For the case of a nonconvex M, a more complex representation of the t-sections of the set W by the programmed absorption operator Tτ is known. Namely, we must use an operator with multiple recomputation by the operator Tτ and intersection of the results over all possible finite decompositions of the segment. Note that the operators Tτ and the operator with multiple recomputation are equal to each other if we have the property (1) called a semigroup property. For a convex M, this property is true.
So, our problem can be reduced to the following one: what kind of conditions for M, P, Q and τ can provide the equality (1).
Let's formulate our main result on this problem. The theorem shown on the slide was proved for the DG in the plane.
Suppose two groups of conditions are fulfilled.
The first group (T1) consists of geometric conditions on the terminal compact set M and on the constraint P of the 1st player.
The second group (T2) of the conditions is connected with properties of operator Tτ on parameter τ. Here, the notation ρ means a support function.
Assuming these conditions, we claim that the operator Tτ has the semigroup property over the segment [0, ϑ]. And, consequently, we get an extension for nonconvex M of the representation formula mentioned above.
This picture illustrates the main geometric assumption of the theorem.
As an example, consider the constraint P of the first player and the terminal set M, which are shown on the slide. You can see that any intersection of M with the considered half-planes is connected.
For the case when M is a non-degenerate polygon, the proposition on the slide is valid. In this case, we suppose that only the geometric conditions (T1) of the theorem are satisfied.
Then we claim that there exists such a time segment that the semigroup property of the operator Tτ over the segment is true. This means that the representation formula remains true over the segment.
Finally, we show some pictures that illustrate an importance of any condition of the theorem. If we eliminate any of the mentioned conditions, we can construct an example without the semigroup property.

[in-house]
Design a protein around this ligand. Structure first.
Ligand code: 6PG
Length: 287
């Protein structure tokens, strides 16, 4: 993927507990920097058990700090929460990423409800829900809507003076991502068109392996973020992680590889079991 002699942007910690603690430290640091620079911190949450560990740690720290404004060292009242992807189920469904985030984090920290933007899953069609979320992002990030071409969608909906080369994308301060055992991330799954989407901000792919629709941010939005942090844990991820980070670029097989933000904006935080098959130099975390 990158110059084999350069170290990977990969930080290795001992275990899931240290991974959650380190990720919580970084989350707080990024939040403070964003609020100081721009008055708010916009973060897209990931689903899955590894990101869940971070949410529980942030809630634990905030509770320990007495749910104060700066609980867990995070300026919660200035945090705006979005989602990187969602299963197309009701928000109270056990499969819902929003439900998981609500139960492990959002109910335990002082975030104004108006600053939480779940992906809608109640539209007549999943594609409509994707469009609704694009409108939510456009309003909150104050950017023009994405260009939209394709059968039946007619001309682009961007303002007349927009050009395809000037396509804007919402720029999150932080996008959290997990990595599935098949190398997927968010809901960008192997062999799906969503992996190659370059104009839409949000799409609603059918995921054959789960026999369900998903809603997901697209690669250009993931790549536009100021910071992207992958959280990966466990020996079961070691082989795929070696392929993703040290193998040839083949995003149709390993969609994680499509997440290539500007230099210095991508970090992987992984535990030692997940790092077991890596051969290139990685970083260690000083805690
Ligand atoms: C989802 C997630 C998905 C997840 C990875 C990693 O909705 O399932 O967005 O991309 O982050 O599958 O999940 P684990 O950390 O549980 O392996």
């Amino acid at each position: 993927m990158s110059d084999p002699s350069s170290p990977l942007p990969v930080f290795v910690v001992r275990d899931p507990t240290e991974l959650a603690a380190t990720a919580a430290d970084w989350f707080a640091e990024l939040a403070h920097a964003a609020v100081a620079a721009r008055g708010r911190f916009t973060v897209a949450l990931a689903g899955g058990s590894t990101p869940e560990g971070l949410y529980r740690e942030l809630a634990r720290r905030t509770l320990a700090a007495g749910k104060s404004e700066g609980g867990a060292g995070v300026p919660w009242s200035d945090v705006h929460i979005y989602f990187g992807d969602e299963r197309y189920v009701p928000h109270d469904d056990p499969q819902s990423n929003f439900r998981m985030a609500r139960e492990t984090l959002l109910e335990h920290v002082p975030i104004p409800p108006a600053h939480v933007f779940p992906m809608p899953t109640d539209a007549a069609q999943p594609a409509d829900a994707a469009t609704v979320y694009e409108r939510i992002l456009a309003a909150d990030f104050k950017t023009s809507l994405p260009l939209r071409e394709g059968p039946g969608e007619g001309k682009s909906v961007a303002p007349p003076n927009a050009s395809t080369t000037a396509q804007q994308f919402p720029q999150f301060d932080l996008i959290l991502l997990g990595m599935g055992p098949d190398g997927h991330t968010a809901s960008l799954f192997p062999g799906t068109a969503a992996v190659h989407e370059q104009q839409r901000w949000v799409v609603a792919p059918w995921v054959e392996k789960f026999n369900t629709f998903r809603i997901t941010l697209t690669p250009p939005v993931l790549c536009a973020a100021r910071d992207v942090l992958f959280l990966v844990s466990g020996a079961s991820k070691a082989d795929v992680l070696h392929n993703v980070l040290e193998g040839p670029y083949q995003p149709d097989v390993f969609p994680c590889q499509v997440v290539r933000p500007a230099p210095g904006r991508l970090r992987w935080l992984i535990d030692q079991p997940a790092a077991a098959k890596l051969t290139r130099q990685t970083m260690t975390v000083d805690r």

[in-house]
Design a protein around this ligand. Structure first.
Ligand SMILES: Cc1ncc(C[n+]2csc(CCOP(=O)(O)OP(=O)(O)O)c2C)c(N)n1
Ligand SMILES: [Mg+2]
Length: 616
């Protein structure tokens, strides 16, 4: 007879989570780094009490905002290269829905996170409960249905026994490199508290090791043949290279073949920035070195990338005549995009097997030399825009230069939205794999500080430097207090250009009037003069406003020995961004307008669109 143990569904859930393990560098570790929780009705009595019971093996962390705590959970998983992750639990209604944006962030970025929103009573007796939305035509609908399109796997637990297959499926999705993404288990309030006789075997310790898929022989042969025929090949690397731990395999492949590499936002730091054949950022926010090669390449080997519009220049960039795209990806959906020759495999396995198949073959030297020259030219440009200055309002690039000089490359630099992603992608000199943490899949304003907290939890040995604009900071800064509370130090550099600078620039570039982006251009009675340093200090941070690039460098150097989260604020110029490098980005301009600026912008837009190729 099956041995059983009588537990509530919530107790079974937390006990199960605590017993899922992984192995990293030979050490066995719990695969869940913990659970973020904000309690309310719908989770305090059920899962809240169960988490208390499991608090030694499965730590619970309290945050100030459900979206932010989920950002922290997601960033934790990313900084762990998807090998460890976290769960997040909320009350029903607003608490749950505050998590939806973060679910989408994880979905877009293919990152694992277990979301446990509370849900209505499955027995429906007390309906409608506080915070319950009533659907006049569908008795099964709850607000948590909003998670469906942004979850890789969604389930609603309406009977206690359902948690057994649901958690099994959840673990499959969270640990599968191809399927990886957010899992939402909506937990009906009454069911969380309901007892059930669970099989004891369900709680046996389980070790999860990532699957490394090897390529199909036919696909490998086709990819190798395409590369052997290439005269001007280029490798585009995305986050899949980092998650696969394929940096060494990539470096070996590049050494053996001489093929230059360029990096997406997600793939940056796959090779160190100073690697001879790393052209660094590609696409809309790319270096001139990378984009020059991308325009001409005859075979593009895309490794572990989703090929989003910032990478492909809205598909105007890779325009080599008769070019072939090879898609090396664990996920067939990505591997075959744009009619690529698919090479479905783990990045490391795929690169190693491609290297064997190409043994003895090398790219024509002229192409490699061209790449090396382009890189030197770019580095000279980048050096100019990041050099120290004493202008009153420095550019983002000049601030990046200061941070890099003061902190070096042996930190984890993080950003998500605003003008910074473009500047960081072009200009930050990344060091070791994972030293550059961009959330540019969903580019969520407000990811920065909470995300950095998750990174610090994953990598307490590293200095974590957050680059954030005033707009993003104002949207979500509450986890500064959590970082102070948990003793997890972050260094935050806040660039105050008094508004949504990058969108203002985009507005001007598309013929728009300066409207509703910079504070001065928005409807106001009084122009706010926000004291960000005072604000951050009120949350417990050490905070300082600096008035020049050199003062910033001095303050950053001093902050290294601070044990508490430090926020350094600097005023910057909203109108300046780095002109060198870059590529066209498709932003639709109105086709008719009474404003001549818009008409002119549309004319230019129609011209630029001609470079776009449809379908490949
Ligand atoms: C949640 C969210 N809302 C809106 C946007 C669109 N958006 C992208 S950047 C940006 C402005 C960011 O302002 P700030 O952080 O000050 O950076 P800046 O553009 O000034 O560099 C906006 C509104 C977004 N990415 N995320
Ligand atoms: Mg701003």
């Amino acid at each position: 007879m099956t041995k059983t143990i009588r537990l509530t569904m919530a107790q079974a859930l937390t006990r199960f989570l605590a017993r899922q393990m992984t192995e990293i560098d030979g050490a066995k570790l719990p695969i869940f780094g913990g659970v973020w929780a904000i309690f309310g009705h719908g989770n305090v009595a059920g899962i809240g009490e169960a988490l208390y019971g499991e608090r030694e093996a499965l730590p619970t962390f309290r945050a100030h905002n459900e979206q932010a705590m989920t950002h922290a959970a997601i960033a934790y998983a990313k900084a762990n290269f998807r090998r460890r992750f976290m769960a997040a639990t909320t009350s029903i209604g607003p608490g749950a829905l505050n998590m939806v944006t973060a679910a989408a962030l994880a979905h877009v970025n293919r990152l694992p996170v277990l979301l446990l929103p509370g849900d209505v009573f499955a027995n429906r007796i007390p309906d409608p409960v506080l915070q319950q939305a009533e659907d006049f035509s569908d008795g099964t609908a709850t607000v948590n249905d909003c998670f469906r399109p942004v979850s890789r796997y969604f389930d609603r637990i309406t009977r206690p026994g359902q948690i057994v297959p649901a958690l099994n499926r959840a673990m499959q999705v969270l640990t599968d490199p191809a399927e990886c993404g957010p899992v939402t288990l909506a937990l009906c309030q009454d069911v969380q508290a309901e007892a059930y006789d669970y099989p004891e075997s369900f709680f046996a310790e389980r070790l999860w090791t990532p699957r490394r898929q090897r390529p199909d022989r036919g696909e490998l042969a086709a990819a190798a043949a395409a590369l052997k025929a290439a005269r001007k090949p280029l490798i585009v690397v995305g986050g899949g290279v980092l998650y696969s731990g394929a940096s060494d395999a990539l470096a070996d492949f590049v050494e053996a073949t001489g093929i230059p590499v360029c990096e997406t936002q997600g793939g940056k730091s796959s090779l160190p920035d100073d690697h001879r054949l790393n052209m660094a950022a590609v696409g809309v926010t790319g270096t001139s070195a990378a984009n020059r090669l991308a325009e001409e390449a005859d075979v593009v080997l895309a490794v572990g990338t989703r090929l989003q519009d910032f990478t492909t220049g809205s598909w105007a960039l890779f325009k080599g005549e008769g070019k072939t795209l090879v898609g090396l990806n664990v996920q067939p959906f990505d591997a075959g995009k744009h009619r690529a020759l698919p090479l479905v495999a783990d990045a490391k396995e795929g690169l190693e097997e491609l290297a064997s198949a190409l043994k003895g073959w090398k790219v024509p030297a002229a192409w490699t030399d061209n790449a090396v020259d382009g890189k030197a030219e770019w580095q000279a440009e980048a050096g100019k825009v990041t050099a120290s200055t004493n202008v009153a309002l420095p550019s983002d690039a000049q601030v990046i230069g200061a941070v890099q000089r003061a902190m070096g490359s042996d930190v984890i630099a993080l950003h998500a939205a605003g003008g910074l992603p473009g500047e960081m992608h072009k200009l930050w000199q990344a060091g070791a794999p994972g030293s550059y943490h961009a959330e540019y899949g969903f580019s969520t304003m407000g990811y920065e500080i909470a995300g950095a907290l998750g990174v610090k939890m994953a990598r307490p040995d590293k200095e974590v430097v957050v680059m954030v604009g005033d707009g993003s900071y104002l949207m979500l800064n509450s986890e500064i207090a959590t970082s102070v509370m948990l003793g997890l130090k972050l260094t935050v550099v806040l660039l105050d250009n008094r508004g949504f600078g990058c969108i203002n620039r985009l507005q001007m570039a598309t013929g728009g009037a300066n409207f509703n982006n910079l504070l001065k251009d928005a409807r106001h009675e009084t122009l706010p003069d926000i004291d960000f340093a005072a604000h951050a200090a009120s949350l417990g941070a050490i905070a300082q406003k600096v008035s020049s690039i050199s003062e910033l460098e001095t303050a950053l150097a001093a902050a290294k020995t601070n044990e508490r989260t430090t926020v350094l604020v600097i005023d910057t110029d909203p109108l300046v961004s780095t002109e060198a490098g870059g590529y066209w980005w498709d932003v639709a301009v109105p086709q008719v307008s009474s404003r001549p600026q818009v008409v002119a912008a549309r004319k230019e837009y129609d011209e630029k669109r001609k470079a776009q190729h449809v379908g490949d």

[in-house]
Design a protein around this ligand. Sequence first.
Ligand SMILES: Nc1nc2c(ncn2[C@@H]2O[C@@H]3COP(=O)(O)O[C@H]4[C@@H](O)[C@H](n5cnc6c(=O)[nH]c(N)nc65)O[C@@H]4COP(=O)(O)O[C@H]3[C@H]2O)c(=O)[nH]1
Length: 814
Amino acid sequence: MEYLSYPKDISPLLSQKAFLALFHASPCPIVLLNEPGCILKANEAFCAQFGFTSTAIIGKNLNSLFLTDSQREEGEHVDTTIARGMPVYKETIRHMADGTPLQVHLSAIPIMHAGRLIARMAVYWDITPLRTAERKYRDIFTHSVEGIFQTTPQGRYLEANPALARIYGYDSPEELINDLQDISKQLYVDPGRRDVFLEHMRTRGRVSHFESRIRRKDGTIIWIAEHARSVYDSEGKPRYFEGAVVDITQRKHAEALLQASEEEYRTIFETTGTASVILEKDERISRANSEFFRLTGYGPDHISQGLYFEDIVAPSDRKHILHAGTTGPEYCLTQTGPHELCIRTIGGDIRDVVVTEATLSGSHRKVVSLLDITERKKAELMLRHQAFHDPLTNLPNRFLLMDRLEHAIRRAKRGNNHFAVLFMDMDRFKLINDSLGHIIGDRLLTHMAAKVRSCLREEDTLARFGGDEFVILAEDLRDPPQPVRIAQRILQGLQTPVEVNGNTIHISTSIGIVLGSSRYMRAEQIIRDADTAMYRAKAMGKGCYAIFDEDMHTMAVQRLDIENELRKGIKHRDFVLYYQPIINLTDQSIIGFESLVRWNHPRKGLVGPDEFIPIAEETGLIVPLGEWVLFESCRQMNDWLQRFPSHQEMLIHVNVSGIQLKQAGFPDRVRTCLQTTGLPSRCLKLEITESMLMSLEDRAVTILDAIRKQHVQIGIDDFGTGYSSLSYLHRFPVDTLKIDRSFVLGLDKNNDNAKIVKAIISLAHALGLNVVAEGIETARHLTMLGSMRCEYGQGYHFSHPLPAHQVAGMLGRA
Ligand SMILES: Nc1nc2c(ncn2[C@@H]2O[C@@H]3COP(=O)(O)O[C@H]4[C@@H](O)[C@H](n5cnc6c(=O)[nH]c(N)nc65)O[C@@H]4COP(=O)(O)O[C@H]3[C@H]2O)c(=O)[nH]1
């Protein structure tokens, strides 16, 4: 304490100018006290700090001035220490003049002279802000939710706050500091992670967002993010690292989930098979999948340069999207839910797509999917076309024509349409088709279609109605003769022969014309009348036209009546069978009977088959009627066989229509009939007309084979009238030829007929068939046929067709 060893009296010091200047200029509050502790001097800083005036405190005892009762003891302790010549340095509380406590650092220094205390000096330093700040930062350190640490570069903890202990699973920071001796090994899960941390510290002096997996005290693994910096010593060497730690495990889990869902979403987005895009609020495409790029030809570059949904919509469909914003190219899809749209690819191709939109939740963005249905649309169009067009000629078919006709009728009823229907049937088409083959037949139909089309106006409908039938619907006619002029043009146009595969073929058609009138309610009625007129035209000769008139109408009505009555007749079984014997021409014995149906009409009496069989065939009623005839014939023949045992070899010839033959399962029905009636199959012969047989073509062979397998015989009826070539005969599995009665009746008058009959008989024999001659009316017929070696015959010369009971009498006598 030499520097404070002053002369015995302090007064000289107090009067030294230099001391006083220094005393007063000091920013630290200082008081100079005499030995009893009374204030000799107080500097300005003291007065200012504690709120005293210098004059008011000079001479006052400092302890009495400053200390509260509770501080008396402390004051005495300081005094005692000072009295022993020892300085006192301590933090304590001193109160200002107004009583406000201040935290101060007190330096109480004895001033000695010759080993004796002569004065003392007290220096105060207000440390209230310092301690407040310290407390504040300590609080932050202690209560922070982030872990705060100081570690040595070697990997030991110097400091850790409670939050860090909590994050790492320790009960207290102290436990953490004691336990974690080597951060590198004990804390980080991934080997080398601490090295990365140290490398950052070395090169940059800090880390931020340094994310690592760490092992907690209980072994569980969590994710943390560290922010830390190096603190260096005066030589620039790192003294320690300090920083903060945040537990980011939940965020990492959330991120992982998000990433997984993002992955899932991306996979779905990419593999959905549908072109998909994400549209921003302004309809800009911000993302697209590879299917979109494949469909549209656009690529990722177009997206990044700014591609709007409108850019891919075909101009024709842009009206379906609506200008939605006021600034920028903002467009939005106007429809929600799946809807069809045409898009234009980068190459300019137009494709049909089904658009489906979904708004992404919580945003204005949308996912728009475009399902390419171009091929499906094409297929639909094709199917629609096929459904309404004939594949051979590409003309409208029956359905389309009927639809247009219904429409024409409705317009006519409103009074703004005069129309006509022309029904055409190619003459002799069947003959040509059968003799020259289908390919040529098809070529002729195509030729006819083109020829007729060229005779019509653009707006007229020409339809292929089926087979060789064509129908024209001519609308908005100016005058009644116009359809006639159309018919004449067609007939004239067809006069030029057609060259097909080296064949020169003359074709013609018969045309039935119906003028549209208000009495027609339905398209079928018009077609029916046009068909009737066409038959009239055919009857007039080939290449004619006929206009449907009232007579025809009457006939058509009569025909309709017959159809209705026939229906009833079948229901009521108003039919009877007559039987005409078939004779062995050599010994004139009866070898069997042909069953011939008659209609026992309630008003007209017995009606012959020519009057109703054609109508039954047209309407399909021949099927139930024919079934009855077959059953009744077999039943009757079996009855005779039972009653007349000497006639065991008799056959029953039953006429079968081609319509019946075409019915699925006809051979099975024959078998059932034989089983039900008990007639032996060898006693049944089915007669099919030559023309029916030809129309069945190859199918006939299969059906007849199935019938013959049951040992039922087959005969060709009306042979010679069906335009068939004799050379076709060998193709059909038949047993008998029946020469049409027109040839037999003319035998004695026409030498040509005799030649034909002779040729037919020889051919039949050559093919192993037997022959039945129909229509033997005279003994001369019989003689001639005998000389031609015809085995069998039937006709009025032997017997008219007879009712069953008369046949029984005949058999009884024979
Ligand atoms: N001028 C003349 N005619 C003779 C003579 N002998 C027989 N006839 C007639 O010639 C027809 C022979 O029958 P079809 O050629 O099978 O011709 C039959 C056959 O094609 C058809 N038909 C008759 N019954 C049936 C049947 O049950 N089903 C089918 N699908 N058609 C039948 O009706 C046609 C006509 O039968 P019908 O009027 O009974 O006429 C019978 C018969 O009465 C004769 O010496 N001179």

In the first example, we eliminate the main geometric assumption. Here, the set M is like a rectangle with a triangle excision at the right; P and Q are segments; and the set ΠM for a point x with a normal vector ν (normal to P) is not connected.
We make a geometric construction of image of M under the operator Tτ for the time parameters τ2 and τ1 sequentially (with the recomputation at the instant τ2, red thing line), and for the time parameter τ1 + τ2 (without a recomputation, painted by red dotted line). As we can see, the results are different.
In the second example, we eliminate the assumption of connectedness of the intermediate set (green dash line). Here, the set M consists of two parts (a rectangle and a triangle), which intersect by one point and the intermediate set is not connected. The same geometric construction gives the images of M under the operator Tτ with the recomputation at the intermediate instant τ2 and without a recomputation. The images are different (and are not connected).
In the third example, the function δν from the second group of the assumptions is not non-decreasing. Here, the set M has a configuration with some kind of "a tooth" or "a peak". Here, the values of the function δν at the intermediate value τ2 and final value τ1 + τ2 are shown. And the images of M under the operator Tτ with the recomputation and without a recomputation are different.
The fourth example is on the same topic as the previous one, but for other configuration of M. Here, "the tooth" (or "the peak") is not specified evidently.
Here, you can see the main references in our work.